Breaking down buildup

Due to the silo’s exposed location and proximity to the ocean, moisture-laden air from the aeration blower hydrated the cement on the silo bottom air pads and blocked these off. The resultant poor flow of cement to extraction points exacerbated by time, temperature, and compaction caused extensive buildup to a point where the silo’s live capacity was reduced by 45%.

Several of the 50 year old pipework rubber joints inside the silo had degraded and allowed cement to enter the aeration air pipework and air pads, further aggravating the problems. The elevated peaks that are a common identifying characteristic of ratholing were severely restricting the funnel flow movement of material.

The onsite Mole·Master team utilised the proprietary Big Mole System to breakdown the rathole formation of material. The relevant advantages of this system for the silo cleanout project in the port of Taranaki included its versatility, unmanned entry capabilities, minimised downtime, and dry process material removal method.

The versatility of the Big Mole System negated the need to determine exactly how long the flow of the material had been compromised, or how long the compaction had occurred; these conditions do not affect how the system is used or its level of effectiveness. Because human entry is not required when deploying the system, the Mole·Master crew was able to break up the material remotely. This helped minimise the risk of injury while maximising efficiency. In fact, the Big Mole System can complete jobs that once took months in a matter of days. The 100% dry process of this cleanout system negates the need for water or other liquids that would have interacted with the cement and introduced unnecessary variables and added complexities to the project.

Revealing a silo’s secrets

While the buildup estimate provided by GBC was accurate to within 150 t, other details of the project were not possible to ascertain at the time of initial analysis and estimation. As cement was removed, it became apparent that the silo air pads and the network of aeration air pipes were not only non-functional, but had become plugged with hardened hydrated cement.

To supplement the performance of the Big Mole System, the Mole·Master crew also used its Safe-T-Shot cardox method CO2 blasting system. Capable of blasting away tonnes of material in single shots, the Safe-T-Shot system offers a significant amount of power in concentrated areas for targeted control. This blasting system was employed to re-establish a functional side opening to affect material movement, and was also used to temporarily supplement the silo’s poorly functioning aeration system.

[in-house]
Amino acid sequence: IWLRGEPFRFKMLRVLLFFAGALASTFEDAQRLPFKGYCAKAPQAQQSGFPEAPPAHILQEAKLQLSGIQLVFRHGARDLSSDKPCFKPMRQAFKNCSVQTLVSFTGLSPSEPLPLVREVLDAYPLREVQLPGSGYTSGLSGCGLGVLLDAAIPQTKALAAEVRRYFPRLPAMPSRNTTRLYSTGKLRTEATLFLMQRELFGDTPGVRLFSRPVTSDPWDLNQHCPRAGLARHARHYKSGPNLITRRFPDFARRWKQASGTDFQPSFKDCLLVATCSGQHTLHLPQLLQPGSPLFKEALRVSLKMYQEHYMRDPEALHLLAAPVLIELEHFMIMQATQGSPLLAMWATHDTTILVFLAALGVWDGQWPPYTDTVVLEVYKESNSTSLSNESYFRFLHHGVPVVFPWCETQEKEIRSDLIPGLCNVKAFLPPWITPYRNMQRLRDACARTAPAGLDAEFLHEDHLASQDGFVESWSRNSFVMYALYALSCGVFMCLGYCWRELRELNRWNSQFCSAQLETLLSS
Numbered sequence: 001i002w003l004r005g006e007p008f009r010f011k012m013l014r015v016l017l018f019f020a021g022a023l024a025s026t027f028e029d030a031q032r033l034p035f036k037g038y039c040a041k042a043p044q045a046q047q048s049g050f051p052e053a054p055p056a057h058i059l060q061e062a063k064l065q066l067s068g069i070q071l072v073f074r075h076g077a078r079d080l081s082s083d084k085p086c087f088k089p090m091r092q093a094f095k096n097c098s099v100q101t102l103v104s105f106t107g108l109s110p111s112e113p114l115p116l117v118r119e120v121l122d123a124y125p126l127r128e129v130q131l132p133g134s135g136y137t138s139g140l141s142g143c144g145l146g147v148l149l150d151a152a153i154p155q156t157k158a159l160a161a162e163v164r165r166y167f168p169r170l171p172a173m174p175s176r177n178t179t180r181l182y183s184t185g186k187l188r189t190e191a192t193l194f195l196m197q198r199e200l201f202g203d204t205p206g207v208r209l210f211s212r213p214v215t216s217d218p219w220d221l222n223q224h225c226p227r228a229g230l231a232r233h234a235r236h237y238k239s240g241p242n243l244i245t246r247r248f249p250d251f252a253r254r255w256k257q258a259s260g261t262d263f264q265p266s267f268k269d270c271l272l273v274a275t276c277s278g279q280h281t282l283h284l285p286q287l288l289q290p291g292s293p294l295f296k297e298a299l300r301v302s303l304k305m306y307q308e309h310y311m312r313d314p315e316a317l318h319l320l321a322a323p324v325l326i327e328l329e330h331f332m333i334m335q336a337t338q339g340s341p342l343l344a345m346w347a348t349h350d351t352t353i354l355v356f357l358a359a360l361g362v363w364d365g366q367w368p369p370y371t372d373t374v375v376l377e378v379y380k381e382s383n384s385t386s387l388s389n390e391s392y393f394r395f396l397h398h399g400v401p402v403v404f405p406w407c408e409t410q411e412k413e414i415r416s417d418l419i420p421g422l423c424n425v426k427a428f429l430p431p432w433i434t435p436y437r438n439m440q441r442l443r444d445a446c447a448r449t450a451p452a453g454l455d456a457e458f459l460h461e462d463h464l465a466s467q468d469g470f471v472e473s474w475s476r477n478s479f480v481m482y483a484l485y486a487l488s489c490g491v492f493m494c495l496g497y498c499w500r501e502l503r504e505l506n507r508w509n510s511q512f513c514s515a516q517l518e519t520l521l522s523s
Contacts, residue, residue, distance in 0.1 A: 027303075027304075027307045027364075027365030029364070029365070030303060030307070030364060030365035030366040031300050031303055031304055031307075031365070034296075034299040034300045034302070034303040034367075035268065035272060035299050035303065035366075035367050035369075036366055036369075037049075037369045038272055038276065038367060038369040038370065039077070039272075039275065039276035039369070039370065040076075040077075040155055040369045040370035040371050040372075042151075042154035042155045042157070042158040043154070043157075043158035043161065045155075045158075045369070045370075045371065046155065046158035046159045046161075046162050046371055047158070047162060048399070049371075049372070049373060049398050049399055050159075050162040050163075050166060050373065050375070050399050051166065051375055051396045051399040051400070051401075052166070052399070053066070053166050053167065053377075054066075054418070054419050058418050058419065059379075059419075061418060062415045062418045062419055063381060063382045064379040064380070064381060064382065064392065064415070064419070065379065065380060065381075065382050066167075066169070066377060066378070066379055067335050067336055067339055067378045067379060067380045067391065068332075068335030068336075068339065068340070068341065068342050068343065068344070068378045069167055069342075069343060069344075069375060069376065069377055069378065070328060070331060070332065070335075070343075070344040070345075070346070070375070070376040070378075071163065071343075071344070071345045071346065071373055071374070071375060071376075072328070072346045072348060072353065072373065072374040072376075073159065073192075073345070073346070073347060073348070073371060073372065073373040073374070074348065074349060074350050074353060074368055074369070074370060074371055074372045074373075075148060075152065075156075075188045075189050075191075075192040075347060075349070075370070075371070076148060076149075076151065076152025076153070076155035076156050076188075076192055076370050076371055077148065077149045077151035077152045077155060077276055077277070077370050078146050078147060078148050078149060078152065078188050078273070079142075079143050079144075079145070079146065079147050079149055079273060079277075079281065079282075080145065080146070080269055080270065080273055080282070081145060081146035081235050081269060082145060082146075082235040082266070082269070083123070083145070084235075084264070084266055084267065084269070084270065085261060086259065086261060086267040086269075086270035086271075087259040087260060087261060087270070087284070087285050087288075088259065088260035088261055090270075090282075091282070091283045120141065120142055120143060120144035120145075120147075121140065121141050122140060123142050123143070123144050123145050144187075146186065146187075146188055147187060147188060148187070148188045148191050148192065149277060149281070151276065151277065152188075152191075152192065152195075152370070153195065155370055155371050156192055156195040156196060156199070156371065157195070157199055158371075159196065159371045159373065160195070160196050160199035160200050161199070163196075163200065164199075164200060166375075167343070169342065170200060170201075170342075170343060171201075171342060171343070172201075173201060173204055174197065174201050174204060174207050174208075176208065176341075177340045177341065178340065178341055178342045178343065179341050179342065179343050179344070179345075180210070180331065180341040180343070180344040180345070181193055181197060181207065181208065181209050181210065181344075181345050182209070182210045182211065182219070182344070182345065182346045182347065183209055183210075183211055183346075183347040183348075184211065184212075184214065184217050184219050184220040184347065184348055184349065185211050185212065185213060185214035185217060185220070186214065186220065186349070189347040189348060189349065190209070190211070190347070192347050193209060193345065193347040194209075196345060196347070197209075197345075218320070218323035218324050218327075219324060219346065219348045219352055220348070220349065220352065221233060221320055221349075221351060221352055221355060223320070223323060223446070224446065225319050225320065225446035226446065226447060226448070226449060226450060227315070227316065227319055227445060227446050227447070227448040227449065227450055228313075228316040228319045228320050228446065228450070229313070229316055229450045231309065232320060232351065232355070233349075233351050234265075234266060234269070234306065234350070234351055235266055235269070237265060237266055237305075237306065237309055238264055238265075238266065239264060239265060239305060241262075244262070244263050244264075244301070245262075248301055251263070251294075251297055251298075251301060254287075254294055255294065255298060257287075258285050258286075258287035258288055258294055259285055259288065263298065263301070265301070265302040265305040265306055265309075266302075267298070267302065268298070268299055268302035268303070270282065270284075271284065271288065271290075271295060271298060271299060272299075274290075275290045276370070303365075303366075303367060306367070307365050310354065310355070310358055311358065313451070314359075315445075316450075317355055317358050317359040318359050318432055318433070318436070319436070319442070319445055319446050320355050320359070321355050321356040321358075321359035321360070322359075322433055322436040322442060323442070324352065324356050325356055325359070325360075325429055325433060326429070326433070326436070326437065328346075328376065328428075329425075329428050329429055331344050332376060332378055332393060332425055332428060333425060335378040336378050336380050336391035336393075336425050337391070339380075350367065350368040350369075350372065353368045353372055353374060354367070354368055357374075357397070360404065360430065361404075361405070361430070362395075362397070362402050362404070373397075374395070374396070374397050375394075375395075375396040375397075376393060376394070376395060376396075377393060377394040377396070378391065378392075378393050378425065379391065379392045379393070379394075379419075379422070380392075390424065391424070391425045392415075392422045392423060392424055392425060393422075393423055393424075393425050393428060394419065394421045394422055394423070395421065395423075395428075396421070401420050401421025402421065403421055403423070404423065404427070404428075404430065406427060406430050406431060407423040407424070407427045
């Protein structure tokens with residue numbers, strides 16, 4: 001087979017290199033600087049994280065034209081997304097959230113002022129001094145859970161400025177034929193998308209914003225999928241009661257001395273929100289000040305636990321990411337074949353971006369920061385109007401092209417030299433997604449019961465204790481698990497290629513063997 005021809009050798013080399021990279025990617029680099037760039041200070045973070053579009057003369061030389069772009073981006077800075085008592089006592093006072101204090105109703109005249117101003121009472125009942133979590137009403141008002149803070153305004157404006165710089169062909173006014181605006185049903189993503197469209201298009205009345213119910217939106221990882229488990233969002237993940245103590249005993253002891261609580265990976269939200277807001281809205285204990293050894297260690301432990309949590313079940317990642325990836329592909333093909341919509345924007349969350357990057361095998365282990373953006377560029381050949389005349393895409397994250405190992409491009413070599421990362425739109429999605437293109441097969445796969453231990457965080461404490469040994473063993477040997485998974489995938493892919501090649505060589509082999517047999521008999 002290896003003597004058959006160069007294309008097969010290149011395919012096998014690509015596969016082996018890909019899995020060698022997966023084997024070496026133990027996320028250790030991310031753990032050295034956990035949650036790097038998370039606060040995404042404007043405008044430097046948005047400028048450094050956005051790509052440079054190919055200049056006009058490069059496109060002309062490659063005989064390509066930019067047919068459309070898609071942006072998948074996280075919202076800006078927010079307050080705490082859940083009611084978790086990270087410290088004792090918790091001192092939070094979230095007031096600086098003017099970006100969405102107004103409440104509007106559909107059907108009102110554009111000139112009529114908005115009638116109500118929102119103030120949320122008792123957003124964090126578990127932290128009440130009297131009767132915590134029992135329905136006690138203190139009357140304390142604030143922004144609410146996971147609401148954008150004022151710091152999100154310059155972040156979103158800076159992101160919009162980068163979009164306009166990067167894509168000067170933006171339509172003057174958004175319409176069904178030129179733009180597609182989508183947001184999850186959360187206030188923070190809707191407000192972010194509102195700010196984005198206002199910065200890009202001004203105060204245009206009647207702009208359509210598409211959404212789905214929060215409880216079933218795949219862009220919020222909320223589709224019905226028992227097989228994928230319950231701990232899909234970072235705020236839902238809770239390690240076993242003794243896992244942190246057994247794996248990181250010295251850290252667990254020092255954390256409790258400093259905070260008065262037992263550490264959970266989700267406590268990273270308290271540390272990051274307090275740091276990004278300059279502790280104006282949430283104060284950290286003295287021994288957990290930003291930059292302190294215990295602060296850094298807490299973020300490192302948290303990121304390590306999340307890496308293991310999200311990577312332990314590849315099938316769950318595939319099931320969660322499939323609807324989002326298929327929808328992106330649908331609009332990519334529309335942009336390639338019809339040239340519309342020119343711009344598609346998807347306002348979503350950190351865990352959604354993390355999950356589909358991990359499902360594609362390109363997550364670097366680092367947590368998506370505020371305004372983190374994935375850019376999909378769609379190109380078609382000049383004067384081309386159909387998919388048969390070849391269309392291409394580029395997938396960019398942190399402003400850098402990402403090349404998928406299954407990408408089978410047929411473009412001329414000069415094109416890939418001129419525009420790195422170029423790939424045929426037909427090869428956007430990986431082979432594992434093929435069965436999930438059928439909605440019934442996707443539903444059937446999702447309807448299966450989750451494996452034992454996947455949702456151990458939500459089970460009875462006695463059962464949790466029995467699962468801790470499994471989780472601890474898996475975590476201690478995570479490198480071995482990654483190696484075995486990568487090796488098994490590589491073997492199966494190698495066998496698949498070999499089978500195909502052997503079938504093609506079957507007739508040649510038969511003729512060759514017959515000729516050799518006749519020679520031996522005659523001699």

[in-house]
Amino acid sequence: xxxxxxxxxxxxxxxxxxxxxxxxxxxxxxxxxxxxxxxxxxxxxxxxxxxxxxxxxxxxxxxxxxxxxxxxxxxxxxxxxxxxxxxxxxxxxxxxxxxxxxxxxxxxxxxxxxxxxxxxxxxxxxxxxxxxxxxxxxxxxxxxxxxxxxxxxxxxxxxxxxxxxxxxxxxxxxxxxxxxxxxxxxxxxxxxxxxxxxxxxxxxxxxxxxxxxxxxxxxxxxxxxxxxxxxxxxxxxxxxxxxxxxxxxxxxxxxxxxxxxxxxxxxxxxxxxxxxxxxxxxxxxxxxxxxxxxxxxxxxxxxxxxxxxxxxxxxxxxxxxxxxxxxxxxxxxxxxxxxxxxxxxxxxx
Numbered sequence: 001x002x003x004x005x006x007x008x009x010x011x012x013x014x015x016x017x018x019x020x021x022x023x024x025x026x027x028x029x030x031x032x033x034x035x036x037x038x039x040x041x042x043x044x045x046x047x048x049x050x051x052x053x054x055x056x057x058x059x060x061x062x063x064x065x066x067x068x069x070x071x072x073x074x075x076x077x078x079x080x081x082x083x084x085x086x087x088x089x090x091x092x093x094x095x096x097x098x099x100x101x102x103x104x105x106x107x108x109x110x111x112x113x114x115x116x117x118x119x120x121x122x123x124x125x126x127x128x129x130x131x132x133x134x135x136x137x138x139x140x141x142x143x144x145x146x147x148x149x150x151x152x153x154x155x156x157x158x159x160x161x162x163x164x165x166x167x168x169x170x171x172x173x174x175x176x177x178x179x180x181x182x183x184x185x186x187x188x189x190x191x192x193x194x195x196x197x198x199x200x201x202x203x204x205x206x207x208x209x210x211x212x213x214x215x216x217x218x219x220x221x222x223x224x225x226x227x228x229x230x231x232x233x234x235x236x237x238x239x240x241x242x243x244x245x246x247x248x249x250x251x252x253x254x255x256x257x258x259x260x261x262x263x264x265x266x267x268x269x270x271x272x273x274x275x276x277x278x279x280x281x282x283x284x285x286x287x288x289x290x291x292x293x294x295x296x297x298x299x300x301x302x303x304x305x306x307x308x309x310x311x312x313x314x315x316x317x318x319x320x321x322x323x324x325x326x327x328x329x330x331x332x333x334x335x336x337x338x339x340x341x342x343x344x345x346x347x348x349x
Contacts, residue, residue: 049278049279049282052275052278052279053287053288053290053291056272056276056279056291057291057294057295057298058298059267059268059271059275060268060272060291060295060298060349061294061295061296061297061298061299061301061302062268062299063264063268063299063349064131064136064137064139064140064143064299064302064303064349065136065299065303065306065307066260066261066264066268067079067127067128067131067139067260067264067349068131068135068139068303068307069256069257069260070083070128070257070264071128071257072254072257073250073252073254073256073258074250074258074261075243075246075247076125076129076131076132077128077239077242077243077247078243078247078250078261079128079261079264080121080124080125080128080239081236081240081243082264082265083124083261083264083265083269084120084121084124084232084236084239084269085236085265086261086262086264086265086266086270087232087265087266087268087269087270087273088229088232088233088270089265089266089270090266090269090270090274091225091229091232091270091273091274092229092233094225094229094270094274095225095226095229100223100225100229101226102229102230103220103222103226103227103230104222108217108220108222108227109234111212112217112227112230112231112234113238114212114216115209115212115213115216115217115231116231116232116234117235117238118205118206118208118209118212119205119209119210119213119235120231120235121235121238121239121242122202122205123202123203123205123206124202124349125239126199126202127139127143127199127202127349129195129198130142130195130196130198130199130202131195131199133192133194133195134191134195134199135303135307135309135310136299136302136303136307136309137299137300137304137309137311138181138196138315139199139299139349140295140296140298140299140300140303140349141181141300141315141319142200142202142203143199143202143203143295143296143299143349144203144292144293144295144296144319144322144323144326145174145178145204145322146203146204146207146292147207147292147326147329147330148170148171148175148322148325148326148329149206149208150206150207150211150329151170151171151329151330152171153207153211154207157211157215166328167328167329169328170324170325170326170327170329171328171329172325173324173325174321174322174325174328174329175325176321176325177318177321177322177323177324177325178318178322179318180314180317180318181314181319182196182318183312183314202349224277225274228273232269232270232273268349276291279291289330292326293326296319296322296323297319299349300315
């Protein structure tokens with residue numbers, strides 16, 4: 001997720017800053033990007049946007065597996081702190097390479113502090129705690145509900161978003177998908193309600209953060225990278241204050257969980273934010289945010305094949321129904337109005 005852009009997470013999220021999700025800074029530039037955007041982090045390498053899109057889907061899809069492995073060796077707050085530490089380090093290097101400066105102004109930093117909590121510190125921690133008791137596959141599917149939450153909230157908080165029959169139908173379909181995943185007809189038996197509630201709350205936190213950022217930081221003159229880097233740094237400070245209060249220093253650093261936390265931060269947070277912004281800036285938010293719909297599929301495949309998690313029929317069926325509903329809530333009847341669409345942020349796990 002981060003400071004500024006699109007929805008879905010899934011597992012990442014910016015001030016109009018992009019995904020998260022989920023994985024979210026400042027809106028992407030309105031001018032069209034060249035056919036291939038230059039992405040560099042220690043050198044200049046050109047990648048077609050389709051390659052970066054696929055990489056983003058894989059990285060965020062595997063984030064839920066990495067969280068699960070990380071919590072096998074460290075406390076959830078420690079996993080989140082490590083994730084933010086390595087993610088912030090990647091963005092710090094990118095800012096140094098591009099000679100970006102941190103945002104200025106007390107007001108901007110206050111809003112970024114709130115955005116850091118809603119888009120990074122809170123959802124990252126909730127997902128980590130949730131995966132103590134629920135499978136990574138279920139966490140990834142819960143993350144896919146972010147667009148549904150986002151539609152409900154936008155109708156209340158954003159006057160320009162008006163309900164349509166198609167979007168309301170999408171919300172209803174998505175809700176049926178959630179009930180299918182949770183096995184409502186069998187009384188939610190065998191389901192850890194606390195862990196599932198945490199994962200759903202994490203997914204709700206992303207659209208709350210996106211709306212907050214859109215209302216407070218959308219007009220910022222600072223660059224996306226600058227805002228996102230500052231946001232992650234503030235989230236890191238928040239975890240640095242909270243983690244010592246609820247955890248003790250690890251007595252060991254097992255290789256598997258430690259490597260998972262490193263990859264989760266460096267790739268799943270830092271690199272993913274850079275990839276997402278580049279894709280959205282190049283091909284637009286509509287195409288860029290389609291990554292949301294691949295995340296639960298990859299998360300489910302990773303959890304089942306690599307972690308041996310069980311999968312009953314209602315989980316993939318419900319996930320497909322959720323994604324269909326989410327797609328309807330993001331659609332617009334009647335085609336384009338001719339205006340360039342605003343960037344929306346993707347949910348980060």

Silo cleanout presents inherent hazards that vary greatly based on project size, scale, and scope. The 5500 t silo at the port in New Plymouth required the elimination of the potential for the collapse of high material and the creation of a safe point of entry for manual material removal.

No issue is more important than safety. Regardless of the country or continent in which a project is located, Mole·Master adheres stringently to an established corporate safety code. This includes always putting worker safety above production and schedule, leading the international industrial cleaning trade in continually improving safety, and ensuring every member of the team is provided the proper training, education, instruction, and personal protective equipment.

The utmost care for the environment is always a primary objective for GBC, Mole·Master, and Skookum; the GBC project presented unique environmental challenges. New Plymouth, where the silo is located, is a designated walking and cycling ‘model community’. As such, cement dust or any ambient particulates released in the cleanup process would have been an unacceptable aesthetic and of environmental detriment to the pristine port of Taranaki. To empty the silo as quickly as possible with minimal impact, dust abatement procedures were implemented that expanded on the facility’s existing dust collection system with virtually no interruption to the cleanout process.


The 5500 t silo cleanout and restoration project in the port of Taranaki, New Plymouth, presented unique environmental sensitivities and technical challenges, caused by failed dryers, air pads, and cement-clogged pipes, as well as hydrated, compacted cement that resulted in almost 2000 t of buildup. GBC, Skookum, and Mole·Master returned the silo to full capacity and production, safely and efficiently.

About the author

Michael Bailey is a Project and Technical Sales Manager for Mole·Master Services Corp. He specialises in complex silo cleanout projects all over the world.

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Cement news 2018